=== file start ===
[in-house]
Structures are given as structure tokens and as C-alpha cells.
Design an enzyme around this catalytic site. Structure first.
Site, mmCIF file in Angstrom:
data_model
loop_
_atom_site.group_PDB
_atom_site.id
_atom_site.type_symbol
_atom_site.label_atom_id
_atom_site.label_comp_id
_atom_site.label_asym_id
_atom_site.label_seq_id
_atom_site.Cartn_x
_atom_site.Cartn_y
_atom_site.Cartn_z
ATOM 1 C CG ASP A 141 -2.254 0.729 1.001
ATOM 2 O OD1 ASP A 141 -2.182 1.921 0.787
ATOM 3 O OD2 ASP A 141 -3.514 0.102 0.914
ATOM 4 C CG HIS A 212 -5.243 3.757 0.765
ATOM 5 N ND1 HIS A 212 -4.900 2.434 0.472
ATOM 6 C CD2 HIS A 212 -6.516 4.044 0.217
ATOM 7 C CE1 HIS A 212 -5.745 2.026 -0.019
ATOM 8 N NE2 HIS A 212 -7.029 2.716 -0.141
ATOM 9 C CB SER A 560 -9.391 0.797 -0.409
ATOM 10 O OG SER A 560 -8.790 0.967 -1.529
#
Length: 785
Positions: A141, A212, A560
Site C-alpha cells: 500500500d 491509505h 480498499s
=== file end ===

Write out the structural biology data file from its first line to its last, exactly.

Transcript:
[in-house]
Structures are given as structure tokens and as C-alpha cells.
Design an enzyme around this catalytic site. Structure first.
Site, mmCIF file in Angstrom:
data_model
loop_
_atom_site.group_PDB
_atom_site.id
_atom_site.type_symbol
_atom_site.label_atom_id
_atom_site.label_comp_id
_atom_site.label_asym_id
_atom_site.label_seq_id
_atom_site.Cartn_x
_atom_site.Cartn_y
_atom_site.Cartn_z
ATOM 1 C CG ASP A 141 -2.254 0.729 1.001
ATOM 2 O OD1 ASP A 141 -2.182 1.921 0.787
ATOM 3 O OD2 ASP A 141 -3.514 0.102 0.914
ATOM 4 C CG HIS A 212 -5.243 3.757 0.765
ATOM 5 N ND1 HIS A 212 -4.900 2.434 0.472
ATOM 6 C CD2 HIS A 212 -6.516 4.044 0.217
ATOM 7 C CE1 HIS A 212 -5.745 2.026 -0.019
ATOM 8 N NE2 HIS A 212 -7.029 2.716 -0.141
ATOM 9 C CB SER A 560 -9.391 0.797 -0.409
ATOM 10 O OG SER A 560 -8.790 0.967 -1.529
#
Length: 785
Positions: A141, A212, A560
Site C-alpha cells: 500500500d 491509505h 480498499s